Through small and medium credit facilities, particularly loans to households and local communities closely involved in rural life, the foundations are laid for agriculture-led sustainable development.

Italy was one of the first countries to promote and implement, also officially, debt rescheduling measures for the benefit of the developing countries. I would also recall the supplementary contribution that Italy has made to IFAD to ease the debt burden of the countries using the HIPC initiative.
Italy will continue to step up cooperation with IFAD not only through her contributions to the ordinary budget but also with voluntary contributions for specific projects.

Mr. Chairman,
Distinguished Governors,

I wish to greet, with admiration and friendship, the United Nations Secretary General, Kofi Annan.
You are always welcome in Italy. Your presence here today reminds us that the mandate and the work of IFAD form part of the construction of an international society based on the rule of law and solidarity.
In the long march towards the objectives of the Millennium, IFAD is working within a system with which the whole international community identifies, and which represents one of the historic achievements of civilisation: the United Nations Organisation, flanked by the network of financial institutions and regional organisations.

The creation of the United Nations was the result of a great insight in the wake of the Second World War. We are mindful of the huge debt owed by humanity to the wisdom and foresight of those who first thought of it, and the signatory States of the San Francisco Charter.
The system is working well. There is, of course, always room for improvement, and its operations are necessarily complicated by the diversities expressed by 191 member countries.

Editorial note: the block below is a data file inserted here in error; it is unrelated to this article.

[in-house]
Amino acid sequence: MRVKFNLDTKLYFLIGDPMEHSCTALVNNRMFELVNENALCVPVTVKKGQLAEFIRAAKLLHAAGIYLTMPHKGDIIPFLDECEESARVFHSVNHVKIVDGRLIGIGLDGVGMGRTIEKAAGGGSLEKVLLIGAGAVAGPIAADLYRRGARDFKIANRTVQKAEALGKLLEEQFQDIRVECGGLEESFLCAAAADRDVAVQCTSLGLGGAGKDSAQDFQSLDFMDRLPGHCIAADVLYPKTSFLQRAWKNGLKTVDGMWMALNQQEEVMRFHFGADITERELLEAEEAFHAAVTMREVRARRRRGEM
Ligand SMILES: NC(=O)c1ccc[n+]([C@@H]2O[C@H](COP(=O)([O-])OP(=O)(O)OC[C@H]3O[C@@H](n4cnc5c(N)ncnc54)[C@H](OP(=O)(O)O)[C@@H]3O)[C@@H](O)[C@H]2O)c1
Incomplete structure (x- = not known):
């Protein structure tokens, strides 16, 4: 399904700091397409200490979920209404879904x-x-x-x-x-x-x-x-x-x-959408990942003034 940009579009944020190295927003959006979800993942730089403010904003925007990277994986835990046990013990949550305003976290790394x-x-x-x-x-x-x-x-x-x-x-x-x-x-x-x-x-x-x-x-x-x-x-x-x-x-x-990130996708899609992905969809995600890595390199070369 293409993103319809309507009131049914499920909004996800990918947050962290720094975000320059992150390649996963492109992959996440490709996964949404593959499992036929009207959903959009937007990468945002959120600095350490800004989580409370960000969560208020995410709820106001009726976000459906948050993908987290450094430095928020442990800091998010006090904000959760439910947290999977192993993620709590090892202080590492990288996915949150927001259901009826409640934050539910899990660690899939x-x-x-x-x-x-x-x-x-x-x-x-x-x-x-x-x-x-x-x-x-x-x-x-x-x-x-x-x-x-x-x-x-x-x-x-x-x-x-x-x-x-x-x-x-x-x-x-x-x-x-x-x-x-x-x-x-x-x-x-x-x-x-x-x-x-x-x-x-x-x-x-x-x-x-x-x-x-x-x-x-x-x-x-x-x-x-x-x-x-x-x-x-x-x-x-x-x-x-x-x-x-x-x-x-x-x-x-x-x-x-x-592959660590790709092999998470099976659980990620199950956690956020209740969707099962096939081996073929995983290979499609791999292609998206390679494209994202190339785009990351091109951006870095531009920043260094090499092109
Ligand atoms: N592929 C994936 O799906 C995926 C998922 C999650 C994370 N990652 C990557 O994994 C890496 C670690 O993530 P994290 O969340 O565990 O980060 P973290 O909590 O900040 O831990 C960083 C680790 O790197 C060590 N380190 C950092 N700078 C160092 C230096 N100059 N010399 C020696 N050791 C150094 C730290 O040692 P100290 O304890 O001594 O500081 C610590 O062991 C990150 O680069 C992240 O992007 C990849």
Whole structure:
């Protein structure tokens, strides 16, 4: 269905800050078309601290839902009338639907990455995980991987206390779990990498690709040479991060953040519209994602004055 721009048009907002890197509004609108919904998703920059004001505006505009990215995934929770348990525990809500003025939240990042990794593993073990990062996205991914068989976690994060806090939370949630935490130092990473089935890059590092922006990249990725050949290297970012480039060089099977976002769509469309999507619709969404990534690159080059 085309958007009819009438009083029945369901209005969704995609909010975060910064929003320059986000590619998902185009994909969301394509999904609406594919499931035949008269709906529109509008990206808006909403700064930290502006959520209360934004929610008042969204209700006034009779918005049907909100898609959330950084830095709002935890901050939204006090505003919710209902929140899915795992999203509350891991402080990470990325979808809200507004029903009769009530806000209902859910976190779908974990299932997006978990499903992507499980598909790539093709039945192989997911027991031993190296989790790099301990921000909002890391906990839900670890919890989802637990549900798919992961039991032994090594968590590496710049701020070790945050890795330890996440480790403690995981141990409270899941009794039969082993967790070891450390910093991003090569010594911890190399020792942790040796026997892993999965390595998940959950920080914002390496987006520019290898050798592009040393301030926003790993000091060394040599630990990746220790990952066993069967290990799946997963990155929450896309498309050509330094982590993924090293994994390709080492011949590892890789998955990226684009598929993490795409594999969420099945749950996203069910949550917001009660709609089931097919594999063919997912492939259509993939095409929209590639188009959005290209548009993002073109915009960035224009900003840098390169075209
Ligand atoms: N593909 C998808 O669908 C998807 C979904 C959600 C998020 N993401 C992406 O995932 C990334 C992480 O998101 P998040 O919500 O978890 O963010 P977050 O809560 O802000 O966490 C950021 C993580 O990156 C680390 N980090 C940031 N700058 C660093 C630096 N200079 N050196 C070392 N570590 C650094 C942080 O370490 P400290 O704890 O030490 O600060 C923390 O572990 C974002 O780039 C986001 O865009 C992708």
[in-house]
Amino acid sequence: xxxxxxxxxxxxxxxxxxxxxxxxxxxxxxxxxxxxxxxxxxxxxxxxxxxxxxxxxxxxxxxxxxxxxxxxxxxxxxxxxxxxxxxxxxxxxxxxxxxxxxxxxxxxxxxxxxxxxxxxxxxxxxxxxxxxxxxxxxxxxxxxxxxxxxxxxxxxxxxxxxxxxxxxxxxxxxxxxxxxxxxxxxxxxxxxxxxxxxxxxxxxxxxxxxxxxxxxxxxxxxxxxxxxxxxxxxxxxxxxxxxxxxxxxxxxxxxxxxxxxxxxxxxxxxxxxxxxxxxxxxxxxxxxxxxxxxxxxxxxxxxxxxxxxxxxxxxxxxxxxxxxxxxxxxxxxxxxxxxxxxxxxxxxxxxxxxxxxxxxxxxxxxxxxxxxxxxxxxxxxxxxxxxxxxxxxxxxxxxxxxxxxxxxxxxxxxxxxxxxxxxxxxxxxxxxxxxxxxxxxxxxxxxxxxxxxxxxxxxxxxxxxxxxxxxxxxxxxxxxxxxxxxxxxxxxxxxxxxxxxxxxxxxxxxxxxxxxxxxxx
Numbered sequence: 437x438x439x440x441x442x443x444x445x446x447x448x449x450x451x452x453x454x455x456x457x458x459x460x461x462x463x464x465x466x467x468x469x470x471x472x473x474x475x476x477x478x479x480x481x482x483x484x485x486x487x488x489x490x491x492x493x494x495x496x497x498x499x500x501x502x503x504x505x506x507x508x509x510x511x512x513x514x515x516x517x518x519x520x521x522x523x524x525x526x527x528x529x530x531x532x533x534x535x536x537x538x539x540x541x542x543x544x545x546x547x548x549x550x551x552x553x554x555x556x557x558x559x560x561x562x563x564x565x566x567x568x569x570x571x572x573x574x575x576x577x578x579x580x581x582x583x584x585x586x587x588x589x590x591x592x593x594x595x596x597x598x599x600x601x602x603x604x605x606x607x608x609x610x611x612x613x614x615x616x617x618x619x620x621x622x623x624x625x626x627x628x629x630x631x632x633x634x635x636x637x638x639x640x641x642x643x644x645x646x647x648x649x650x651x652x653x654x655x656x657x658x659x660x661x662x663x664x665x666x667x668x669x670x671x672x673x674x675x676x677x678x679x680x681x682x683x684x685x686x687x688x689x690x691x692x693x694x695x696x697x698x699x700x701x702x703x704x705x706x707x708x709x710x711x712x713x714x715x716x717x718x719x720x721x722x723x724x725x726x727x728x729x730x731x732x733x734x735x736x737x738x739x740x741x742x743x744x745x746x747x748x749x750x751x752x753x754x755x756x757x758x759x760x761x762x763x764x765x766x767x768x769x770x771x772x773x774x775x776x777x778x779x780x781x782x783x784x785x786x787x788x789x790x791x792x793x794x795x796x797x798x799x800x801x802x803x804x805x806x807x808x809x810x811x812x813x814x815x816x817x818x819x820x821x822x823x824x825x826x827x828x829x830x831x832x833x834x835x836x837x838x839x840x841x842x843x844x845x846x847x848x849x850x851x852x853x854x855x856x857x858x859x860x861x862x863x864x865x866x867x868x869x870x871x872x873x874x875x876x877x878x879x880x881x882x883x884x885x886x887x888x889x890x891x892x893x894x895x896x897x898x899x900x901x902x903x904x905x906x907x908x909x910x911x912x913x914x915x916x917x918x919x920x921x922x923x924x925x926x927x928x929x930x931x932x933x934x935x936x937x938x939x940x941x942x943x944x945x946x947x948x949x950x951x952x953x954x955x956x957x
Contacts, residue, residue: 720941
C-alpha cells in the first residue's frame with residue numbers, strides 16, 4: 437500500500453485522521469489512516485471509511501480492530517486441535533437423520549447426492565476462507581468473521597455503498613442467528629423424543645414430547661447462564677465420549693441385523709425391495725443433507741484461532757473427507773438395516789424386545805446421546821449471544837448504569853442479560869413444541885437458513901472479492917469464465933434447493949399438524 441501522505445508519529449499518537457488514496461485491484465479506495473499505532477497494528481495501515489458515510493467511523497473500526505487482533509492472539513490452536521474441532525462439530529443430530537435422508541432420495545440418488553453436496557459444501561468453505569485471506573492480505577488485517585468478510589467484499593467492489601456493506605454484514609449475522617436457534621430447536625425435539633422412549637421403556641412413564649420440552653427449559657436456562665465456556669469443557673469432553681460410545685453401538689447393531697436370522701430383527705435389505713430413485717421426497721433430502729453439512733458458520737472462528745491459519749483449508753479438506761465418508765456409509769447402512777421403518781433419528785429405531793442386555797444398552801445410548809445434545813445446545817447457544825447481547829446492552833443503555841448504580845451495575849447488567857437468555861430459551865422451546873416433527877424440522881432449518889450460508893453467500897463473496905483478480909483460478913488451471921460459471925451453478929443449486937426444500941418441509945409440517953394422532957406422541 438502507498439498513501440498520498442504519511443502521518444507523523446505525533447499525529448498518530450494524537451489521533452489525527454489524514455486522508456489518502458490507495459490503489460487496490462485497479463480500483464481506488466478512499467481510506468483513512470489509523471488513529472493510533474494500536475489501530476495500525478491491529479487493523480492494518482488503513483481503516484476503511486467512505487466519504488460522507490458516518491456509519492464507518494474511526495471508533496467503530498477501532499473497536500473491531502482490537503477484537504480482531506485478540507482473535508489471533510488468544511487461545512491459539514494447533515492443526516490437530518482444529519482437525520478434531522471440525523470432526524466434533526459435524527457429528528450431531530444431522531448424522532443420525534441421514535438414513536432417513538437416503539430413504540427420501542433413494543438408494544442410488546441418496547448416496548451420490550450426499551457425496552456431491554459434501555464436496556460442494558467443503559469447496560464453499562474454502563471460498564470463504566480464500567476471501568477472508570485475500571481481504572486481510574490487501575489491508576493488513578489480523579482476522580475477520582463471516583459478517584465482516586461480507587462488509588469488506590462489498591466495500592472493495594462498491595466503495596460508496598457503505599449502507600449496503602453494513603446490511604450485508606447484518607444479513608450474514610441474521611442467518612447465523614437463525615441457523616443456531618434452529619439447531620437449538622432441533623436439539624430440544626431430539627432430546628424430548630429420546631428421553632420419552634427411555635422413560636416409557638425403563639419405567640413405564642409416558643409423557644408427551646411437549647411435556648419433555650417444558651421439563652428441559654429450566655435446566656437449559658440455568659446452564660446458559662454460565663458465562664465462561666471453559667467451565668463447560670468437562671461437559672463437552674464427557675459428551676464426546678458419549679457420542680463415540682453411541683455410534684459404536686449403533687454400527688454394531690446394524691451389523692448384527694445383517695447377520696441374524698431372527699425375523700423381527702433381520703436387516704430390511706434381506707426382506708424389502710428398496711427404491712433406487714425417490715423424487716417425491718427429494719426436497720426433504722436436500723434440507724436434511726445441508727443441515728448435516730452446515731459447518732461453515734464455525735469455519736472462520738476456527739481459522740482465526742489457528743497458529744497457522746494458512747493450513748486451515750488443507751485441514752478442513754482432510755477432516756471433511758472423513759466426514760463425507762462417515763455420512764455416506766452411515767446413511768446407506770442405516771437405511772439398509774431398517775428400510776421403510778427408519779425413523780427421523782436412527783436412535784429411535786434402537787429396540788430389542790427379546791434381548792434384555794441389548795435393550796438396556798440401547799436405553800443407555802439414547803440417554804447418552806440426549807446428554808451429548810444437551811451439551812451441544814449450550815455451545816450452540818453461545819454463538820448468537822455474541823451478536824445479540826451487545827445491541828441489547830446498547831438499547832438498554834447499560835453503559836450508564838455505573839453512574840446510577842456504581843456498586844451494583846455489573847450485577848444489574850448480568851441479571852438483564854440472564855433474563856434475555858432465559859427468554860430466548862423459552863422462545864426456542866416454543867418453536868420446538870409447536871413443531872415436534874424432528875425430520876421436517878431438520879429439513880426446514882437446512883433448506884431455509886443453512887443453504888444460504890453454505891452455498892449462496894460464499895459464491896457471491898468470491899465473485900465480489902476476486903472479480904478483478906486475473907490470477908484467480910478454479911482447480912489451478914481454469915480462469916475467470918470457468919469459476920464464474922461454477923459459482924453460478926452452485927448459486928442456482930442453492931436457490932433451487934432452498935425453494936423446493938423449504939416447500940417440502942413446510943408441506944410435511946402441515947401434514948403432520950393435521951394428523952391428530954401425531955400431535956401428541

The North-South divide, the global threats to security, and the safeguarding of the ecosystem require the United Nations to play a central and responsible part in fulfilling the mandate enshrined in its Charter.

No-one can be unaware of the grave risks facing our nations as a result of the new threats: terrorism and the proliferation of weapons of mass destruction. The Security Council has a unique and irreplaceable part to play in resolving international crises.

The younger generations have never known a world without the United Nations. Those who have known it cherish the enormous progress that humanity has made.
Unless we maintain our faith in the multilateral system and commit ourselves to making it work so that it can fully carry out its tasks, its survival may not be taken for granted.

The United Nations speaks for each and every one of us. It is our responsibility to enable it to measure up to the great responsibilities that we, the Member States, have freely decided to entrust to it.

Italy is fully aware of this. Rome, the capital of two States, is also a United Nations capital.

For us as Italians it is a source of pride that the United Nations food pole is headquartered here, spearheading the path towards the Millennium objectives, in the struggle to eradicate from the face of the earth poverty, hunger and misery, which are incompatible with the dignity of the human condition.

Making a concrete and innovative contribution to this common enterprise is the purpose of IFAD and of this meeting. I urge you, distinguished Governors, to spare no effort, and to work steadfastly to ensure that your work attains this goal.

Rome, 19 February 2003